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The Andover School Committee has filed a petition with the state, arguing that the teachers conducted an illegal strike on Monday, one of the first districts to do so as teachers prepare for the start of a new school year.
Teachers were supposed to report to their classrooms for the first day of in-person learning on Monday. The first day of school was pushed back 10 days to allow for more preparation time for a hybrid year, where students would be learning in-person some days and remotely on others.
District officials said overall, 45% of teachers did not come into the schools. Instead, dozens of teachers sat outside.
Near the entrance of Andover High School educators sat next to tennis courts in lawn chairs on laptops. There were teachers near the baseball field, some working in the dugout, others set up under trees and tents using Wi-Fi hotspots as they prepared to begin teaching in the midst of a global pandemic.
“We don't believe that the district has prepared the buildings for a return to in-person learning," said Matt Bach, president of the Andover Teachers Union. "We didn't want to go into the building if we didn't have to.”
Teachers approached by a WBUR reporter declined to comment, and appeared to be working. The union tried to have port-a-potties delivered outside the high school.
“They refused to let us bring them on grounds," Bach said. "And when people tried to just go in to use the bathroom, they were locked out and told: you cannot enter the building unless you come into the building for the full day.”
A district spokesperson said the union did not ask permission to bring port-a-potties on the school grounds. Bach said some teachers were docked a day's worth of pay. The district did not comment on the pay, but has said that the buildings are safe.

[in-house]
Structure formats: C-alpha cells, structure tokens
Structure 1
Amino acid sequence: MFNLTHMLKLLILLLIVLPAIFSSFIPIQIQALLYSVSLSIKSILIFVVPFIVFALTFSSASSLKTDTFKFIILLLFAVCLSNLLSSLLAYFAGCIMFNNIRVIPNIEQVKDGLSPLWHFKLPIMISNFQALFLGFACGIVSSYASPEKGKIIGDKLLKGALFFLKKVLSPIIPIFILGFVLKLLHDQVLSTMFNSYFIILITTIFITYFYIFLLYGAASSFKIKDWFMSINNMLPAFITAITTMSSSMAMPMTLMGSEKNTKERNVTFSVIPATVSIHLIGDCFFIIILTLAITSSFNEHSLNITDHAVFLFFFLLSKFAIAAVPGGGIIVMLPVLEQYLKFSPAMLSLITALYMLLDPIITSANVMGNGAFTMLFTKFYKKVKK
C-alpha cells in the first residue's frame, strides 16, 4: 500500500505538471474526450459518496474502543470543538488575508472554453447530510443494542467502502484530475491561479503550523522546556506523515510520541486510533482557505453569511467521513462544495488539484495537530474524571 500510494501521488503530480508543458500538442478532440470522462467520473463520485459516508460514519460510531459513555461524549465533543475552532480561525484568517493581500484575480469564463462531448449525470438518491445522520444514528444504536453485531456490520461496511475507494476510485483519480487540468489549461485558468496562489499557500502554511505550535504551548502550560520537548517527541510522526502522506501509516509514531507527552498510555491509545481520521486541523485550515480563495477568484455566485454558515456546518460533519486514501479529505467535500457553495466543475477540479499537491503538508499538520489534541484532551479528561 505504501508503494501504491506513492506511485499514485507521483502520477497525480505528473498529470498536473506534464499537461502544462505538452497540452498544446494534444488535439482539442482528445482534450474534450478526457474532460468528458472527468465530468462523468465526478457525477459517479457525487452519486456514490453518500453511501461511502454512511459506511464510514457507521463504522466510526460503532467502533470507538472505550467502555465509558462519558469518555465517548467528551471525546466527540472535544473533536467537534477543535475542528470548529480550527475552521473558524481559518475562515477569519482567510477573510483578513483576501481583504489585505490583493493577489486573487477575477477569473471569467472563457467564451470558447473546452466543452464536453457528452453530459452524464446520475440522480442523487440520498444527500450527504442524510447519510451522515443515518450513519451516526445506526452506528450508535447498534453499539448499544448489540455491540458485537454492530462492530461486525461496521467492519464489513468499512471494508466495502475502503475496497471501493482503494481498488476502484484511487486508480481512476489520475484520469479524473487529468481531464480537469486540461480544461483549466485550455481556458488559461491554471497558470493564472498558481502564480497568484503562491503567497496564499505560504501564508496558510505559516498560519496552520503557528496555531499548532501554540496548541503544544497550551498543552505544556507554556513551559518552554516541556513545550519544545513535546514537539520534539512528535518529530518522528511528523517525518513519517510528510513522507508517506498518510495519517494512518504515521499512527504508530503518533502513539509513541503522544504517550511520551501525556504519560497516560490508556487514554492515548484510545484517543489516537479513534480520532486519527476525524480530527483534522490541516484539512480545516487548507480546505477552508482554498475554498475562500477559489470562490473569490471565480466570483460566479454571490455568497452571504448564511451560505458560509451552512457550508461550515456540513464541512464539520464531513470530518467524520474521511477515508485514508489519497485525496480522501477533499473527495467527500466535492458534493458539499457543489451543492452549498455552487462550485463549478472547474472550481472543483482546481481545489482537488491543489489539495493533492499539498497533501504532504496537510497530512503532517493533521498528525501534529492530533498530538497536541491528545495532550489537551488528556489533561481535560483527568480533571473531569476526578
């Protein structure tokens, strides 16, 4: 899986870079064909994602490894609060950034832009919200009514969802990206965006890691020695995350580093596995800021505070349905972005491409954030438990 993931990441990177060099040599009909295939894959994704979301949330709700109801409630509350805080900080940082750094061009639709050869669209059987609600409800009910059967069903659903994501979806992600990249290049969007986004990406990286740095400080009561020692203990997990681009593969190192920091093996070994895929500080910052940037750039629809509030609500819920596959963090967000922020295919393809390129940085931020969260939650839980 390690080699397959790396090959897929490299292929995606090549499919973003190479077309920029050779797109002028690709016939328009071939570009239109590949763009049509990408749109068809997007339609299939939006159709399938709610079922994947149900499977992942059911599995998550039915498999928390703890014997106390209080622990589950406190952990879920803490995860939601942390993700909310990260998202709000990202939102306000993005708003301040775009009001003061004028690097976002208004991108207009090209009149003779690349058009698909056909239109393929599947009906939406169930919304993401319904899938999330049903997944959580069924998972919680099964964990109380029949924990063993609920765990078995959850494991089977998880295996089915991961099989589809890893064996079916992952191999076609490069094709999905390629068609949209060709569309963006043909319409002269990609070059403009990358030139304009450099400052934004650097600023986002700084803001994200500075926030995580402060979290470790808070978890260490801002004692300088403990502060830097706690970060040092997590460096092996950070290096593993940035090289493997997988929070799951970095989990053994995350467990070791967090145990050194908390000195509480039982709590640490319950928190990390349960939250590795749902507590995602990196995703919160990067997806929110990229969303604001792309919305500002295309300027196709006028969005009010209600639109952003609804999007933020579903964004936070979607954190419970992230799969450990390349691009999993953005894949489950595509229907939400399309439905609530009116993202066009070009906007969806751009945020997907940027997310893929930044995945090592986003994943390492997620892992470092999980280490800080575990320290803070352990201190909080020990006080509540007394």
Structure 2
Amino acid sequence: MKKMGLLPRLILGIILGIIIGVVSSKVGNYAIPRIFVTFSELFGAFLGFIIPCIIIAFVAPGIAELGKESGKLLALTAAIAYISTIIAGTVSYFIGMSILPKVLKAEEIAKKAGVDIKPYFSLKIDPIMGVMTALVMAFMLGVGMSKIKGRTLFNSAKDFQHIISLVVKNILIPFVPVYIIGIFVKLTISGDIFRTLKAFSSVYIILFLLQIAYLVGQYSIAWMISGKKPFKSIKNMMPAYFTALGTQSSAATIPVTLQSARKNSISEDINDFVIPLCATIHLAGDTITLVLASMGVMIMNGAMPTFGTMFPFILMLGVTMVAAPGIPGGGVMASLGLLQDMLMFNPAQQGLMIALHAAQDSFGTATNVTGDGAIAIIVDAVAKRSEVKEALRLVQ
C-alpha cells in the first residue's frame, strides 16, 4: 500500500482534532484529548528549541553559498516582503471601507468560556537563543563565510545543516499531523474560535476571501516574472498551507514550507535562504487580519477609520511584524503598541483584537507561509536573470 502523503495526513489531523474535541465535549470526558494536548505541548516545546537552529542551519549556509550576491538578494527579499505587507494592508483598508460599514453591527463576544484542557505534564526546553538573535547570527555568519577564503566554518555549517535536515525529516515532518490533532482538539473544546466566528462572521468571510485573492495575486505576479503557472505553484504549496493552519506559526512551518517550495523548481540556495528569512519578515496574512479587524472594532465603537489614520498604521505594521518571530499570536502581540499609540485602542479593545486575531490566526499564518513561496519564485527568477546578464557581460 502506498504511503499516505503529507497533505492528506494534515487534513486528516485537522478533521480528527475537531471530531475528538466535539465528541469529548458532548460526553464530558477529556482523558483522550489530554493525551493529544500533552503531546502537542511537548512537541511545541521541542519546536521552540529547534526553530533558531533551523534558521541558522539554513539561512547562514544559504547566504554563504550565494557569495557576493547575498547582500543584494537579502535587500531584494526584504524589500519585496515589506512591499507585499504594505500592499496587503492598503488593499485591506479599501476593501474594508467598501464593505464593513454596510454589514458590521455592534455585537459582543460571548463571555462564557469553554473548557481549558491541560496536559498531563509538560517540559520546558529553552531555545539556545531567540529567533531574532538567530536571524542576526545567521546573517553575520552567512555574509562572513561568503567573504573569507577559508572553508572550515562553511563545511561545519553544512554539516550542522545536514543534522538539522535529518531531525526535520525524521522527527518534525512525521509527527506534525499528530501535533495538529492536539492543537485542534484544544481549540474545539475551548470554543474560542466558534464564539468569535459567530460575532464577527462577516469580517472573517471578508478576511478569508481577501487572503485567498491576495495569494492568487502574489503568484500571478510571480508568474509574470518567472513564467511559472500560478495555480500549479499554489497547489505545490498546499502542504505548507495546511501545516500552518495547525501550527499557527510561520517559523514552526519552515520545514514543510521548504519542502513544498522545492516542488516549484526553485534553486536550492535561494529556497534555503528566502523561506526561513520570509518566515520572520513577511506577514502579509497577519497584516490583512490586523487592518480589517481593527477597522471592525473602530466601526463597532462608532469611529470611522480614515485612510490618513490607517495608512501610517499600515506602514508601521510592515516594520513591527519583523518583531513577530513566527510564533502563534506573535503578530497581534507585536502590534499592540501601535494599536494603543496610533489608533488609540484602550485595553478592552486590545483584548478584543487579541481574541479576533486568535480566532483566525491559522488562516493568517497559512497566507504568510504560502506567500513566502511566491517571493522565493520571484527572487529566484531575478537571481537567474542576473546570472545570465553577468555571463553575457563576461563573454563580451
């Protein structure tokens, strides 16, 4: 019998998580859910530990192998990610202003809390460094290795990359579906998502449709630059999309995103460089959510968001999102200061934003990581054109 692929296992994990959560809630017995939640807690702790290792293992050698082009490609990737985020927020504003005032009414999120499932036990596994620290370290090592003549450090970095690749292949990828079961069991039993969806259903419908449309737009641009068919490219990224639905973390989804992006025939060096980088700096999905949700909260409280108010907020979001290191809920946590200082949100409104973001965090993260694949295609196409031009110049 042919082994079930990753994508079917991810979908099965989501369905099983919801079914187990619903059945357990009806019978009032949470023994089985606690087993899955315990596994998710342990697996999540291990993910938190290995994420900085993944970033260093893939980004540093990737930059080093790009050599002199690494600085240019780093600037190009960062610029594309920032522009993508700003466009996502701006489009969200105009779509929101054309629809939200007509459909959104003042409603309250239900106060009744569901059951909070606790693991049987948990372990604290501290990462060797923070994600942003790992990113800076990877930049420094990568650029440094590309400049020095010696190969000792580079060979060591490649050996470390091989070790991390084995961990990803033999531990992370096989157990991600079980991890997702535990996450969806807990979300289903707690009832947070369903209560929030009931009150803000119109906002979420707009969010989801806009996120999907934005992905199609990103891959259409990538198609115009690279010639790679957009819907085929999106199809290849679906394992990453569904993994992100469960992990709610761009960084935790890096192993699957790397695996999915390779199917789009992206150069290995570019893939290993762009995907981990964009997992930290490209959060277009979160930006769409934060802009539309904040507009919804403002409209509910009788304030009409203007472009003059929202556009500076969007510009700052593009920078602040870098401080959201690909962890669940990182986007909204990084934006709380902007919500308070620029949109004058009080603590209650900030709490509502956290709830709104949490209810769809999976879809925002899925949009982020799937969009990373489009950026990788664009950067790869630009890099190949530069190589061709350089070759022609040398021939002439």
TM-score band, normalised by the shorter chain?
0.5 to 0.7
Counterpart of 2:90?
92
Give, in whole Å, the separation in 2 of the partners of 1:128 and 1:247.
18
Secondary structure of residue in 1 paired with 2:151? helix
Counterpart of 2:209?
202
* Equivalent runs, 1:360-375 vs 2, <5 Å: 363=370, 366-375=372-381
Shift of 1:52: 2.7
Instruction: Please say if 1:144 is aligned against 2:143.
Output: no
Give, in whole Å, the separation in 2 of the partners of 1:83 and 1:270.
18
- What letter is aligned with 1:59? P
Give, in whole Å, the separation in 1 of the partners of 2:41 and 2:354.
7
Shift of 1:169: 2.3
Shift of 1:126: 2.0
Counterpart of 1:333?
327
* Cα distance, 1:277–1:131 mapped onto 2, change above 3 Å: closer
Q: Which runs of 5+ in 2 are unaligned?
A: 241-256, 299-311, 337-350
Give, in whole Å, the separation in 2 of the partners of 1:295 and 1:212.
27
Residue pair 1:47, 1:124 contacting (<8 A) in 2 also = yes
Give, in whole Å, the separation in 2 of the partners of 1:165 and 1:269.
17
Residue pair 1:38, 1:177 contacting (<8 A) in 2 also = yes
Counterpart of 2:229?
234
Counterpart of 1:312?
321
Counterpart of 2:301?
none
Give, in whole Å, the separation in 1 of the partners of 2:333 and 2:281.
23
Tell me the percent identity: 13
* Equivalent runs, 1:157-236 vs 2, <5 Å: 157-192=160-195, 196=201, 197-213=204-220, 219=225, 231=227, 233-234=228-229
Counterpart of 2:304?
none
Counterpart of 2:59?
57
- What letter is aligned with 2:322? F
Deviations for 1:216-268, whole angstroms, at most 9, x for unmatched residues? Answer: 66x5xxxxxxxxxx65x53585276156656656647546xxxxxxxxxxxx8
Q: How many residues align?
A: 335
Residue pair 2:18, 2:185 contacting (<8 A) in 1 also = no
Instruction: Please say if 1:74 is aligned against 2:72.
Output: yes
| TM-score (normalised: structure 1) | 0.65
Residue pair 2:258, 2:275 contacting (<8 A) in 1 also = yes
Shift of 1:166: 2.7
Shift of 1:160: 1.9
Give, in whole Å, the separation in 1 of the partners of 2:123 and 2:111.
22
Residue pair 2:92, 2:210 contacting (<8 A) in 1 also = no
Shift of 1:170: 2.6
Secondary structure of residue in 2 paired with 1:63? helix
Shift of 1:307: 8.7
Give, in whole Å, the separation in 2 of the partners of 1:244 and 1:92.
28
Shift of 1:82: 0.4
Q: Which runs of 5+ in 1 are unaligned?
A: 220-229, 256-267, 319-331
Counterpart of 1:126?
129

"There's no evidence at all that the buildings are unsafe," School Committee Chair Shannon Scully said during a committee meeting Monday night. "Over the last five years, the town of Andover’s invested over $3.8 million dollars in HVAC upgrades."
The school committee voted unanimously to petition the state Department of Labor Relations about the unions’ decision to work outside, calling it an illegal work stoppage. Public employees are prohibited from going on strike in Massachusetts. The district's attorney said the state could begin its investigation this week.
But Bach called it a "work safety action" and not a strike.
"We came to the school buildings today with the best intentions to work a full school day outside of the buildings and fulfill our obligations and do our professional development work,” Bach said.
Still, Assistant Superintendent Sandy Trach said the limited attendance hampered their schools’ abilities to set up classrooms, help teachers understand health protocols and other new safety measures before the new hybrid school year begins.
“We will do all that we can to recoup and recover this day," said Trach. "From my perspective, it's very difficult. We lost the equivalent of a work day for many of our staff."
On Monday evening, members of the Andover Education Association voted no confidence in Superintendent Berman.
“Superintendent Berman has shown persistent disregard for educators. He does not respect our professionalism and fails to take a cooperative approach in addressing the many challenges that face the district," said a statement the union released Tuesday morning.
They voted to suspend the workplace safety action and would reluctantly enter school buildings on Tuesday "under duress and hope that the School Committee will begin to negotiate reasonable health and safety benchmarks with us in good faith."
The deadline to get their schools organized is looming. Students are expected back in the buildings on Sept. 16.
This article was originally published on September 01, 2020.
This segment aired on September 1, 2020.
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